Dutch dairy giant FrieslandCampina is "exploring" alternative markets for its cheese to offset the impact of the Russian embargo on European Union (EU) food products.
FrieslandCampina, the Netherlands' largest dairy processor, has "taken measures" in the last week to counter the effect of the Russian embargo announced by Russian Prime Minister Dmitry Medvedev.
Russia slapped a ban on the import of beef, pork, fruit, poultry, cheese and milk from the EU, US, Australia, Canada, and Norway earlier this month.
EU Member States exported around 250,000 tonnes of cheese worth approximately €980m (US$1.3bn) to Russia in 2013, according to UN trade data. Cheese makers in the Netherlands accounted for nearly a quarter of this figure, exporting around 60,000 tonnes of cheese worth approximately €232m (US$308m) to Russia last year.
FrieslandCampina sold around €190m (US$250m) worth of dairy products, including yogurt, cheese and infant formula, in Russia in 2013 - 1.66% of its total 2013 revenue. Cheese accounted for the majority of FrieslandCampina's Russian revenue.
In response to the embargo, FrieslandCampina brought the production of cheese manufactured specifically for the Russian market to a halt, and cheese primed for export to the country has been distributed in other markets.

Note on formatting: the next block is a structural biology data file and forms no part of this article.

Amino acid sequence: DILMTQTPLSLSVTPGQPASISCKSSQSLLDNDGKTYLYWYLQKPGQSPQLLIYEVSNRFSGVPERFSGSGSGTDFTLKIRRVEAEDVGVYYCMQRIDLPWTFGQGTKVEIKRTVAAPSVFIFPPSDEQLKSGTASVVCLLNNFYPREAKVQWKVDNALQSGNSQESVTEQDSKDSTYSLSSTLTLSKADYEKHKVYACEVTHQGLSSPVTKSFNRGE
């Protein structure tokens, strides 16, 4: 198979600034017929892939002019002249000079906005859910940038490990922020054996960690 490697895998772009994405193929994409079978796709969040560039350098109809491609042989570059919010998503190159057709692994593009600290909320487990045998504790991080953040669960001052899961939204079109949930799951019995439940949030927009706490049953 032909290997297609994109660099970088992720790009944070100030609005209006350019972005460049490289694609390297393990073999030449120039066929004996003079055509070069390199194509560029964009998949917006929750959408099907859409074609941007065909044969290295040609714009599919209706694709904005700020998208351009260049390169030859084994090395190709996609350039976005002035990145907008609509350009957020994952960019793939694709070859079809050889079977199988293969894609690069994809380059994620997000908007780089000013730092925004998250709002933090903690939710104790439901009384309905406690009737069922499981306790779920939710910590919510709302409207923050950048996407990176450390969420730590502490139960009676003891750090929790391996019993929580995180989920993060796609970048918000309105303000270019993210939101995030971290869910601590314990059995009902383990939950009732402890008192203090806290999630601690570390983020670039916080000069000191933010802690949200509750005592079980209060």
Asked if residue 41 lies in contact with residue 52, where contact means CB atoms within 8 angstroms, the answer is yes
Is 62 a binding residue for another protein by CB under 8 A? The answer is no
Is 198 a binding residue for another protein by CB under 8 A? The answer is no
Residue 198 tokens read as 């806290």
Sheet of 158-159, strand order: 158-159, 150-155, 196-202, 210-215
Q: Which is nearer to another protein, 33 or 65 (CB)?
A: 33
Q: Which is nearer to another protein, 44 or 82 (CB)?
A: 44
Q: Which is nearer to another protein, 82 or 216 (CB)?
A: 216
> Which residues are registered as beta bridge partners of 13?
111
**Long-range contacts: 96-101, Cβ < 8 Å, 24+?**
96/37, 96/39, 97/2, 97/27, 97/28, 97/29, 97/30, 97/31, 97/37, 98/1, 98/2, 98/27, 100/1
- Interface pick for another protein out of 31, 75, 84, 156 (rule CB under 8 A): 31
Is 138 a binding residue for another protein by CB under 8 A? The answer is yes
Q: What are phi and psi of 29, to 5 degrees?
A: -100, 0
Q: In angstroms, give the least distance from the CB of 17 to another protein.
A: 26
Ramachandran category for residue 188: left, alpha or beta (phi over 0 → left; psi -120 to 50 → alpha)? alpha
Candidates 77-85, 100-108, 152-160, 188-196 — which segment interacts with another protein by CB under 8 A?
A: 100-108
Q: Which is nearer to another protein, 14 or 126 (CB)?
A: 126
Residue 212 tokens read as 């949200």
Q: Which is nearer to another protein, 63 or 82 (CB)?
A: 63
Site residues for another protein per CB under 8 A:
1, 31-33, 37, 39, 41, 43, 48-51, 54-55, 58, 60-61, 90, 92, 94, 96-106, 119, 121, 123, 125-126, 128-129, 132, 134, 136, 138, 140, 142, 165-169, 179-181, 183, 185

The Dutch dairy giant is now seeking a medium-term solution to the loss of trade.
Jan-Willem ter Avest, spokesperson, FrieslandCampina, told DairyReporter.com that the Dutch dairy is now seeking opportunities outside the Netherlands to offset the damage done by the Russian embargo.
“To minimize the consequences in the medium term FrieslandCampina will explore alternative markets,” said ter Avest.
It also plans to increase milk powder production to "provide relief for the cheese market," he added.
He declined, however, to speculate on the exact impact of the Russian embargo.
“It is much too early to say how much of our exports will be impacted," said ter Avest. “It depends on how long the boycott will last."
"The cheese that cannot now be exported to Russia has for the most part been sold in other markets. And as I said before, to mitigate the medium-term impact as far as possible, FrieslandCampina is investigating alternative sales markets.”